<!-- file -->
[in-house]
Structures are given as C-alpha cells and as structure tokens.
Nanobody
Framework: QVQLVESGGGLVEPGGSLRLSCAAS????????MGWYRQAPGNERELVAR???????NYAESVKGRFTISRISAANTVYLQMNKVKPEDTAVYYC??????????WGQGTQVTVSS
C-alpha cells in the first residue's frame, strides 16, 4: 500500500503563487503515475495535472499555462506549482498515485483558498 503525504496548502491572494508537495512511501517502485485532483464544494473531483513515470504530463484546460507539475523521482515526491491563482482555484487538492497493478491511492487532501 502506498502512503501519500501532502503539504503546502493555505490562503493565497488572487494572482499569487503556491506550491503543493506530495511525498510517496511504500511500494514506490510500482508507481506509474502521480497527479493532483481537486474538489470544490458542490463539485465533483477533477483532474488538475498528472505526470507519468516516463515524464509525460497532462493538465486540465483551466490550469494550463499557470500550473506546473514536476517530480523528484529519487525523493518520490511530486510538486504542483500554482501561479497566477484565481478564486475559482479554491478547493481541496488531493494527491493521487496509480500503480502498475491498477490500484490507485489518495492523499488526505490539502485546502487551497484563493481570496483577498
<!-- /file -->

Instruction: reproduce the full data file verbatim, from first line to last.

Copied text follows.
[in-house]
Structures are given as C-alpha cells and as structure tokens.
Nanobody
Framework: QVQLVESGGGLVEPGGSLRLSCAAS????????MGWYRQAPGNERELVAR???????NYAESVKGRFTISRISAANTVYLQMNKVKPEDTAVYYC??????????WGQGTQVTVSS
C-alpha cells in the first residue's frame, strides 16, 4: 500500500503563487503515475495535472499555462506549482498515485483558498 503525504496548502491572494508537495512511501517502485485532483464544494473531483513515470504530463484546460507539475523521482515526491491563482482555484487538492497493478491511492487532501 502506498502512503501519500501532502503539504503546502493555505490562503493565497488572487494572482499569487503556491506550491503543493506530495511525498510517496511504500511500494514506490510500482508507481506509474502521480497527479493532483481537486474538489470544490458542490463539485465533483477533477483532474488538475498528472505526470507519468516516463515524464509525460497532462493538465486540465483551466490550469494550463499557470500550473506546473514536476517530480523528484529519487525523493518520490511530486510538486504542483500554482501561479497566477484565481478564486475559482479554491478547493481541496488531493494527491493521487496509480500503480502498475491498477490500484490507485489518495492523499488526505490539502485546502487551497484563493481570496483577498